"The interesting point is that people focus on the TV dollars," said a Big East official. "Currently our unit dollars as a revenue stream exceed our TV revenue for basketball schools. We generate more dollars from NCAA participation."

-- The Big East could currently negotiate a TV contract worth between $60-80 million (CBSSports.com); or just over $100 million (Thamel); or as low as $50 million (ESPN).

-- Atlantic 10 basketball schools, which do not draw value from football schools, make less than $400,000 annually in television revenue.

-- It is too early to estimate how much TV money the seven Catholic schools could garner, but the A10 money gives you an idea.

-- The seven Catholic schools will not be forced to pay an exit fee.

However, by choosing to leave the schools, "would forfeit receiving their part of the growing total of exit fees that have been paid or will be paid," by the departures of Syracuse, Pittsburgh, West Virginia, Notre Dame, Rutgers and Louisville, reports USA Today's Mark Blaudschun.

Where does that leave us now?

Again, unless a holiday miracle happens it seems the end of the Big East is right around the corner.

In 1979, the Big East was formed as a seven-team basketball league by former commissioner Dave Gavitt.

As Blaudschun explains, under Gavitt's leadership the league flourished and its quality got better when new commissioner Mike Tranghese in '91 added football and a few quality schools in the process.

While football flourished for a while, and the money flow was steady, it started to decline a decade ago when the Atlantic Coast Conference made the first major conference reconfiguration move by taking Virginia Tech, Miami and Boston College from the Big East.

Since that time, the Big East has been the target of conference poaching

Who's to blame? A lot of people are. But this all stems from weak leadership that was taken advantage of by television, its money and the greed it creates.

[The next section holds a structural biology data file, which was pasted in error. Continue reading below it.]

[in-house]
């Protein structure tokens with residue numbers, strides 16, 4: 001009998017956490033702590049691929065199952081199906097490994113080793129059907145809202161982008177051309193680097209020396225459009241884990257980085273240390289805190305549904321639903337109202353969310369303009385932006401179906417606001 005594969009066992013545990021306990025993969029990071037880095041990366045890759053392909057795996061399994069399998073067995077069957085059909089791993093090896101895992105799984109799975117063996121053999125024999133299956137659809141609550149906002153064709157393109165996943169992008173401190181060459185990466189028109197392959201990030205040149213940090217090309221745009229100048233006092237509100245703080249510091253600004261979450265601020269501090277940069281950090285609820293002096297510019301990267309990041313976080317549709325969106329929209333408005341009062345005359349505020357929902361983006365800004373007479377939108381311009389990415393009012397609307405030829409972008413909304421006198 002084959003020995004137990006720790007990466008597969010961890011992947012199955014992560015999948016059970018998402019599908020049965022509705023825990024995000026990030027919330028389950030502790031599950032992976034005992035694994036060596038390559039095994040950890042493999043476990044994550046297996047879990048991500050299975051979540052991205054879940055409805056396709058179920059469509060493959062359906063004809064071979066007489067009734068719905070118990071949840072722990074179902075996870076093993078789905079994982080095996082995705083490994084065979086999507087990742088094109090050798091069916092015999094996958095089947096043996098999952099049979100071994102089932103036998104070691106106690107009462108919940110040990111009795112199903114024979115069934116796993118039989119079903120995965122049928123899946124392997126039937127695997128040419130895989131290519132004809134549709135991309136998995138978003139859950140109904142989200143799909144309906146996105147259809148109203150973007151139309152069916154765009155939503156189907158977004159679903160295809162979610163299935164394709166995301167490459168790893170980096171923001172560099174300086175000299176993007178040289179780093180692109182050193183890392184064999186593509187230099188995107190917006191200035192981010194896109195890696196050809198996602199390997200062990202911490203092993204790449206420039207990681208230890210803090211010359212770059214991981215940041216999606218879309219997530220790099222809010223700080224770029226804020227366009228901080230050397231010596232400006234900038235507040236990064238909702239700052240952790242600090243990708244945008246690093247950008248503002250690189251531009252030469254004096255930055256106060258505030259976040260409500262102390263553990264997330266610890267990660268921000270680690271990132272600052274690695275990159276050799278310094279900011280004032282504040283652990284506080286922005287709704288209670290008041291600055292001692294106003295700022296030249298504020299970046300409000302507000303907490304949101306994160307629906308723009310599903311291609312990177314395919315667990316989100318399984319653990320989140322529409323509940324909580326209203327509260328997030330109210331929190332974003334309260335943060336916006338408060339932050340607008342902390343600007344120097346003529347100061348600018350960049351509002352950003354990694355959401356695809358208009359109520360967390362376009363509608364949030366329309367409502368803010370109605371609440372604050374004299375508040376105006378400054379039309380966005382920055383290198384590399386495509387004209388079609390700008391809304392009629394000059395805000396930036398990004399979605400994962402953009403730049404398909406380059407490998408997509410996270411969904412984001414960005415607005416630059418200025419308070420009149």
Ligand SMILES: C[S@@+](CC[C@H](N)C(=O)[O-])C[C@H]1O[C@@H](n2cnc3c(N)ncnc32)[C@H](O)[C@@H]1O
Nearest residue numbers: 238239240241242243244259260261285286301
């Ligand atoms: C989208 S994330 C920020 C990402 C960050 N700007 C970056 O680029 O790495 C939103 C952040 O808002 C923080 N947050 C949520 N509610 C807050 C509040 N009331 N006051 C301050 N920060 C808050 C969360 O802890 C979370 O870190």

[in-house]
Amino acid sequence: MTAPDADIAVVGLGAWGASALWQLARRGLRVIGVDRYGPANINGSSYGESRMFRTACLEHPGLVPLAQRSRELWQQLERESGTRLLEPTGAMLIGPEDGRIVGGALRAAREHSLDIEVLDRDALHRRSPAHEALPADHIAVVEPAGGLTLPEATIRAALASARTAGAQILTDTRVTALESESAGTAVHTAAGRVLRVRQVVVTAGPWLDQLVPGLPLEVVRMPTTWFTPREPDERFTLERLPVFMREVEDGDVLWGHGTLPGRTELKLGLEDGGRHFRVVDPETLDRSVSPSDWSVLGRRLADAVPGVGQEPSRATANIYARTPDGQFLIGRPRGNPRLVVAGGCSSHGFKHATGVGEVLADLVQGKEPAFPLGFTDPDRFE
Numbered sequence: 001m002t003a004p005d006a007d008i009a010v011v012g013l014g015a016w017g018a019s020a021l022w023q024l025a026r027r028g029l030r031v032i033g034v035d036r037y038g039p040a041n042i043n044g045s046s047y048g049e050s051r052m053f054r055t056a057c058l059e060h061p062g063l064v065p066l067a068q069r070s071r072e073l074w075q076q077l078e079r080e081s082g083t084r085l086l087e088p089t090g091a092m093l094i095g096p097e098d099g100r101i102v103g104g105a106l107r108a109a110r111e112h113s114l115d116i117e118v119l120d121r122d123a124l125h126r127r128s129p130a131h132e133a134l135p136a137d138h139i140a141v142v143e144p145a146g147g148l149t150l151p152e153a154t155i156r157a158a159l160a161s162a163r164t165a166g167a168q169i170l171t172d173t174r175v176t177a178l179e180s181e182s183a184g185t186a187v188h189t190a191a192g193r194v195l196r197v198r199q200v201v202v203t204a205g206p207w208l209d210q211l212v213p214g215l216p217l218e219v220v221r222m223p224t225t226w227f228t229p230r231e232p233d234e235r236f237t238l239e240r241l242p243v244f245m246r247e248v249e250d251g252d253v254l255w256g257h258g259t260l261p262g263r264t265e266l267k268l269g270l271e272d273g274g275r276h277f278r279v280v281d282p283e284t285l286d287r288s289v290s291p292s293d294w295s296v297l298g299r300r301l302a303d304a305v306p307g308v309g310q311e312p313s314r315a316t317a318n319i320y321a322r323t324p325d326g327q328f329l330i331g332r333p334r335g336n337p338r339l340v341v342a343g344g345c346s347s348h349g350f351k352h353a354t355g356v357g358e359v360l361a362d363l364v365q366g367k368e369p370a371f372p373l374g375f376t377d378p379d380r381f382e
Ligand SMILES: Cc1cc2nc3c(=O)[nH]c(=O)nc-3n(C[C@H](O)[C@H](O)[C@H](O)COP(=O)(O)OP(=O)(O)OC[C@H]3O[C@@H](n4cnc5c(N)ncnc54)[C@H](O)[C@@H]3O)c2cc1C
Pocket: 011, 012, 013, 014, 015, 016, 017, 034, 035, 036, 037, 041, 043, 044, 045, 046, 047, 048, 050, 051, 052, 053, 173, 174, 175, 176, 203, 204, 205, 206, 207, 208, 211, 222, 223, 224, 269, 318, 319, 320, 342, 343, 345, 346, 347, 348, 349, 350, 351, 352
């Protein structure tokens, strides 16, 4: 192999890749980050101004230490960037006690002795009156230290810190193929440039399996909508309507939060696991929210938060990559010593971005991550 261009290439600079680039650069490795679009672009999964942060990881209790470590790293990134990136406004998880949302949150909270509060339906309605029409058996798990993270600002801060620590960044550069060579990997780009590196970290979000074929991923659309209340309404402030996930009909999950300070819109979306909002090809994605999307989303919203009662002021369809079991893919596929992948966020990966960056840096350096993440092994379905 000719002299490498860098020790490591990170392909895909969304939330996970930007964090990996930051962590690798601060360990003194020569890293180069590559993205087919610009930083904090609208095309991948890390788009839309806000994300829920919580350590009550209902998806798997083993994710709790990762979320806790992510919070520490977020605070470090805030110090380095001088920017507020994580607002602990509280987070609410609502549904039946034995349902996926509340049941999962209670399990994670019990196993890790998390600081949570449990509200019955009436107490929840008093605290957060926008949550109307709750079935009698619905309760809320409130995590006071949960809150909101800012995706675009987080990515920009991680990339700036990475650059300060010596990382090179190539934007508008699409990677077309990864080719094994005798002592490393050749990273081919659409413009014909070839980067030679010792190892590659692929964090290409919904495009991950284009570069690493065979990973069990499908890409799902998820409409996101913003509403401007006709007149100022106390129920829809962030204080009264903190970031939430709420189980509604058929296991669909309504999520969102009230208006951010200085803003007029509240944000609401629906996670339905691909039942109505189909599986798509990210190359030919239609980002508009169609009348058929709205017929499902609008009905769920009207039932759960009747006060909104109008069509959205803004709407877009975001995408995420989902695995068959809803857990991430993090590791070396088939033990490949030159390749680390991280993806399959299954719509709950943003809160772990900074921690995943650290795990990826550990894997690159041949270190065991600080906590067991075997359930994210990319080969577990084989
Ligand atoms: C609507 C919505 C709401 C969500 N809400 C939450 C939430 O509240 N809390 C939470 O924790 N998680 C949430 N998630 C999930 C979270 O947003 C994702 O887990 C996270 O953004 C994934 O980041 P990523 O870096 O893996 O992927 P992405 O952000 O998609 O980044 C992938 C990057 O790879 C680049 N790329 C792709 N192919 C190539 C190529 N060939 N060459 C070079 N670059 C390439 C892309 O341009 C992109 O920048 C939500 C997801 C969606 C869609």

(Sadly, loyalty is no longer valued in college sports - presumably the most pure of all athletics. Conference realignment is an example of this; so is every head coach that bolts for a better paying job and leaves players - who were willing to sign over the next four years of their lives - blindsided and stuck at a school without a chance to transfer.)

Now, a loyal program like UConn, which helped grow the league when it decided to invest in its football program and make them a FBS member in 2004, will be left to fend for itself.

Things will get extremely difficult for UConn and the remaining Big East schools when Boise St. and San Diego St. decide to pull a TCU and renege on its promise to join the league as a football member. (There are no reports this will happen, but I am confident it will.)

It's possible Temple and UConn could broker a deal with the new basketball league, but it would be difficult considering they will need to find a new conference in football.

For South Florida, Cincinnati and the rest of the incoming schools it looks like the MAC, Conference USA or returning to their old conferences will be the next option. But all of that still needs to work itself out.

For the local programs, St. John's and Seton Hall, things may not be as good as before but the move to leave is the best option and should pay dividends later.

According to the New York Post's Lenn Robbins, who reported Thursday the seven departing schools would be making their decision later in the day (he was right), the future looks better for St. John's than Seton Hall.

St. John’s has a much stronger brand name and it is one of just six schools to have developed its own HDTV network than can broadcast games on television, computer and hand held devices.

The Seton Hall blog South Orange Juice is hoping for a Big East/A10 merge.

The Atlantic-10 has slyly become big winners out of this whole conference realignment mess, adding Virginia Commonwealth and Butler, two of the hottest mid-majors, in the process. With twelve of their current sixteen schools sitting comfortably in the Top-105 of the KenPom ratings, it's clear that the Atlantic-10 is no longer the little brother of the Big East.

If you're wondering about conference tournaments at Madison Square Garden or in the New York area, well, it's still too early to figure out where this will all go.

Yet, a few tidbits have emerged. The most interesting being the "World's Most Famous Arena," which agreed in mid-October to a 10-year extension with the Big East that will run thru 2026, may not be stuck with or without a crummy conference tournament, a source told ESPN on Monday

MSG is "covered" and can get out of the contract if the league continues to change its membership.

And of course, the newly formed league could always turn to Brooklyn's Barclays Center, which inked a five-year agreement with the A10 in mid-October.

All-in-all, it looks like New York college hoops will survive, and given time, could be stronger than it could have been if the Catholic schools decided to stay in the Big East.

It's a sad day for all college basketball fans, but in the end, this mess maybe well worth it.